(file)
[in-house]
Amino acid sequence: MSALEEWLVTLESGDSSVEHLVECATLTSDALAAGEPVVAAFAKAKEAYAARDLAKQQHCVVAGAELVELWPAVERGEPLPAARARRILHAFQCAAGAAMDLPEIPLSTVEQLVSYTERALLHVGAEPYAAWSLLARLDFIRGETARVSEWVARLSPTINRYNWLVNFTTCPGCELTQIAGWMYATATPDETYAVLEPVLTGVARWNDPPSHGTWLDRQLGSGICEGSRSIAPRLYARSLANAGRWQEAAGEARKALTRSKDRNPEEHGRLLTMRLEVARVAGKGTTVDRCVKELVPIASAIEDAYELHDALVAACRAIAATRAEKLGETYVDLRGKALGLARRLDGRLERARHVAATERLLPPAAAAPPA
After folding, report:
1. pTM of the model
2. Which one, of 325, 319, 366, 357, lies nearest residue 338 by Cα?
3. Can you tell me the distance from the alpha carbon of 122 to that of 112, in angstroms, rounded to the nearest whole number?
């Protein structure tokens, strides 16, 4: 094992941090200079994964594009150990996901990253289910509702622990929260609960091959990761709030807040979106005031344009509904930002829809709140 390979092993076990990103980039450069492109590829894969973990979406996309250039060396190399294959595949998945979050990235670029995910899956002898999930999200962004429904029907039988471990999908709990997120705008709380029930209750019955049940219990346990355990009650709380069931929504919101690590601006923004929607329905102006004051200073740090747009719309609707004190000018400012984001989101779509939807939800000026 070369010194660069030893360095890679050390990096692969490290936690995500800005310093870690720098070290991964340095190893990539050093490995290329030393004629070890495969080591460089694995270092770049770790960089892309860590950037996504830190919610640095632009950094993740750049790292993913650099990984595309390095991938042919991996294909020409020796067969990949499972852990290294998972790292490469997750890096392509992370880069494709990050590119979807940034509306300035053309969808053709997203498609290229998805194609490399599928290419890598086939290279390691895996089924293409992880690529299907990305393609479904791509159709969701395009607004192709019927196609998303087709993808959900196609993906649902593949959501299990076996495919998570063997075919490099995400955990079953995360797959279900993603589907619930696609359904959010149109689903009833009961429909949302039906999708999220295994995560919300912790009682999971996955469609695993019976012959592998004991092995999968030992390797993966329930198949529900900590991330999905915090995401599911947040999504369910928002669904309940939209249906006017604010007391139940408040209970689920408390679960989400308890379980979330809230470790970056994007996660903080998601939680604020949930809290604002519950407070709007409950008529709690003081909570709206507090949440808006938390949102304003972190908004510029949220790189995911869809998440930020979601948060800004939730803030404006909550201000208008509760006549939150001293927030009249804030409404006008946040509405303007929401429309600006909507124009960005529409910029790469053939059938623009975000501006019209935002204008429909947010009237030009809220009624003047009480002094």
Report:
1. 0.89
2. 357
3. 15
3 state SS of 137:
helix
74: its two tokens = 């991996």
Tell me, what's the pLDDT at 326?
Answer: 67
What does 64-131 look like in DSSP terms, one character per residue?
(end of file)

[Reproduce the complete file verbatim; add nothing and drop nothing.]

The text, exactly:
[in-house]
Amino acid sequence: MSALEEWLVTLESGDSSVEHLVECATLTSDALAAGEPVVAAFAKAKEAYAARDLAKQQHCVVAGAELVELWPAVERGEPLPAARARRILHAFQCAAGAAMDLPEIPLSTVEQLVSYTERALLHVGAEPYAAWSLLARLDFIRGETARVSEWVARLSPTINRYNWLVNFTTCPGCELTQIAGWMYATATPDETYAVLEPVLTGVARWNDPPSHGTWLDRQLGSGICEGSRSIAPRLYARSLANAGRWQEAAGEARKALTRSKDRNPEEHGRLLTMRLEVARVAGKGTTVDRCVKELVPIASAIEDAYELHDALVAACRAIAATRAEKLGETYVDLRGKALGLARRLDGRLERARHVAATERLLPPAAAAPPA
After folding, report:
1. pTM of the model
2. Which one, of 325, 319, 366, 357, lies nearest residue 338 by Cα?
3. Can you tell me the distance from the alpha carbon of 122 to that of 112, in angstroms, rounded to the nearest whole number?
């Protein structure tokens, strides 16, 4: 094992941090200079994964594009150990996901990253289910509702622990929260609960091959990761709030807040979106005031344009509904930002829809709140 390979092993076990990103980039450069492109590829894969973990979406996309250039060396190399294959595949998945979050990235670029995910899956002898999930999200962004429904029907039988471990999908709990997120705008709380029930209750019955049940219990346990355990009650709380069931929504919101690590601006923004929607329905102006004051200073740090747009719309609707004190000018400012984001989101779509939807939800000026 070369010194660069030893360095890679050390990096692969490290936690995500800005310093870690720098070290991964340095190893990539050093490995290329030393004629070890495969080591460089694995270092770049770790960089892309860590950037996504830190919610640095632009950094993740750049790292993913650099990984595309390095991938042919991996294909020409020796067969990949499972852990290294998972790292490469997750890096392509992370880069494709990050590119979807940034509306300035053309969808053709997203498609290229998805194609490399599928290419890598086939290279390691895996089924293409992880690529299907990305393609479904791509159709969701395009607004192709019927196609998303087709993808959900196609993906649902593949959501299990076996495919998570063997075919490099995400955990079953995360797959279900993603589907619930696609359904959010149109689903009833009961429909949302039906999708999220295994995560919300912790009682999971996955469609695993019976012959592998004991092995999968030992390797993966329930198949529900900590991330999905915090995401599911947040999504369910928002669904309940939209249906006017604010007391139940408040209970689920408390679960989400308890379980979330809230470790970056994007996660903080998601939680604020949930809290604002519950407070709007409950008529709690003081909570709206507090949440808006938390949102304003972190908004510029949220790189995911869809998440930020979601948060800004939730803030404006909550201000208008509760006549939150001293927030009249804030409404006008946040509405303007929401429309600006909507124009960005529409910029790469053939059938623009975000501006019209935002204008429909947010009237030009809220009624003047009480002094």
Report:
1. 0.89
2. 357
3. 15
3 state SS of 137:
helix
74: its two tokens = 């991996």
Tell me, what's the pLDDT at 326?
Answer: 67
What does 64-131 look like in DSSP terms, one character per residue?